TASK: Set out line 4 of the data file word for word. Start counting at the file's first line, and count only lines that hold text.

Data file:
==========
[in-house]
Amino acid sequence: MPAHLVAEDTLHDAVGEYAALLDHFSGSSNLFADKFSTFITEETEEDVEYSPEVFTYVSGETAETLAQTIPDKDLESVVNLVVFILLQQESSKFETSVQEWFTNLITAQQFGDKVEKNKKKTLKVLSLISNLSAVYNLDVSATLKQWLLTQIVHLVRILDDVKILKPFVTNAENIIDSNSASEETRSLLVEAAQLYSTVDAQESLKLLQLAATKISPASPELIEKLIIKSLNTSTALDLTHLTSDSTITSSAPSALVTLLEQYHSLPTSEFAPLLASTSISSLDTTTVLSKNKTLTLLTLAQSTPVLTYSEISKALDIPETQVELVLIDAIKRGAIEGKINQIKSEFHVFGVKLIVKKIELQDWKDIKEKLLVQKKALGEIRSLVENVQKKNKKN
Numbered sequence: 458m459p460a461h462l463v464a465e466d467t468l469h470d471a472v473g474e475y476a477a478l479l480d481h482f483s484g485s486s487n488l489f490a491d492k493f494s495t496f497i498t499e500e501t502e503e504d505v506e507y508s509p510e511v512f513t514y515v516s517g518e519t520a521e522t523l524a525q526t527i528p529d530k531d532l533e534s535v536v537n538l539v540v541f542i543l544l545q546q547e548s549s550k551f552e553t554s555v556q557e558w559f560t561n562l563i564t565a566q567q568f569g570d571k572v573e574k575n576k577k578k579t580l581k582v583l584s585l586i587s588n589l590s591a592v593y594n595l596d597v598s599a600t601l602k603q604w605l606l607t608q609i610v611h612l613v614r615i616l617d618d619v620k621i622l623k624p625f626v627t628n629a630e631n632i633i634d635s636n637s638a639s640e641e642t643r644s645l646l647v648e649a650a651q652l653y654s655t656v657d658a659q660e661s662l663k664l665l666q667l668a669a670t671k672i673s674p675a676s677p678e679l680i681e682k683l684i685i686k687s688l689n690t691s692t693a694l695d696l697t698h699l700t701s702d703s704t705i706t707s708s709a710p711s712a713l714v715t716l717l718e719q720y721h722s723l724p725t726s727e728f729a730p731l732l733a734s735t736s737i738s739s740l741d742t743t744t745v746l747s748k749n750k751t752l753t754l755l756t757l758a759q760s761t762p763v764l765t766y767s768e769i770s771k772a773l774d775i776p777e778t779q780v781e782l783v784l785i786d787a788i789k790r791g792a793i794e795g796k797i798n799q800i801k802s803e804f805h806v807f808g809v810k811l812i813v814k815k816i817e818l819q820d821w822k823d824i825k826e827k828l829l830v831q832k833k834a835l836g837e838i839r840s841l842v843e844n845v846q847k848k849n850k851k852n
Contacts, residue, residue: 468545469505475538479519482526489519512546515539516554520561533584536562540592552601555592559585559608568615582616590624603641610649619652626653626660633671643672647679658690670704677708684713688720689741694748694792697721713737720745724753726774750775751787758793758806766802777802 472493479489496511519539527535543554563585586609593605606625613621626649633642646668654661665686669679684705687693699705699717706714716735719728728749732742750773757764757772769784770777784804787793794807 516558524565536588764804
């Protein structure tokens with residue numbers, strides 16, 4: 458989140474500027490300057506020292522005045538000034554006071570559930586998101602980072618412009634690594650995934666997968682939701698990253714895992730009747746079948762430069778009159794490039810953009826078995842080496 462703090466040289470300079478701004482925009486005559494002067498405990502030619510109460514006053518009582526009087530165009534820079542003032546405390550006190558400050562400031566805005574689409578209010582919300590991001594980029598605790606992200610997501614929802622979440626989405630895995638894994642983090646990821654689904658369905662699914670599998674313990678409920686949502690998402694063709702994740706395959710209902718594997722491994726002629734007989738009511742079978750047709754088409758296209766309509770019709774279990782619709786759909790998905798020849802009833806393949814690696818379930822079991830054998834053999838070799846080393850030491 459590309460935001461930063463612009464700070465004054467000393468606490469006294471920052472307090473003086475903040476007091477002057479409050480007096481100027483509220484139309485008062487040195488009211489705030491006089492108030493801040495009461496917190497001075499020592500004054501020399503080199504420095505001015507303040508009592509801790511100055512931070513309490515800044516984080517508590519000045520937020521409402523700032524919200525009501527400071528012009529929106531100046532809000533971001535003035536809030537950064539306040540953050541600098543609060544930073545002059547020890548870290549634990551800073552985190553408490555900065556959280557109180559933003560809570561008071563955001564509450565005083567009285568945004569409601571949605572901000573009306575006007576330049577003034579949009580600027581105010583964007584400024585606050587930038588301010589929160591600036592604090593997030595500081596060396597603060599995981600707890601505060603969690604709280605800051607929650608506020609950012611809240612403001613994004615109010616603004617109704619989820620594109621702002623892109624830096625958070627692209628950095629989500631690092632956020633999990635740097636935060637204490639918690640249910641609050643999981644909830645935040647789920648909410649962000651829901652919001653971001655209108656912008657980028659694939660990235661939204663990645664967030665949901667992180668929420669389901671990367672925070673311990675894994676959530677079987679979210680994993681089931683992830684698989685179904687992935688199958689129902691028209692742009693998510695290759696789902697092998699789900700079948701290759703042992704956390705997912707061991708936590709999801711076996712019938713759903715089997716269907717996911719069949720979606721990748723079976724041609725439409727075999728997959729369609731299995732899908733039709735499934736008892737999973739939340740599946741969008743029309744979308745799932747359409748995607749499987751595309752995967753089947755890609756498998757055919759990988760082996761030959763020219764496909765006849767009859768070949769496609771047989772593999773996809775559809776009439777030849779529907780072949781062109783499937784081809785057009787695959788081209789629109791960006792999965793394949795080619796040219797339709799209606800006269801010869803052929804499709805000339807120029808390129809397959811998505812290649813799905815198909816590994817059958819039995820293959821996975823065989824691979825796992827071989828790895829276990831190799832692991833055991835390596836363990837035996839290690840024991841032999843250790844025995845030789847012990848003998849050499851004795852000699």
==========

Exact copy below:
Contacts, residue, residue: 468545469505475538479519482526489519512546515539516554520561533584536562540592552601555592559585559608568615582616590624603641610649619652626653626660633671643672647679658690670704677708684713688720689741694748694792697721713737720745724753726774750775751787758793758806766802777802 472493479489496511519539527535543554563585586609593605606625613621626649633642646668654661665686669679684705687693699705699717706714716735719728728749732742750773757764757772769784770777784804787793794807 516558524565536588764804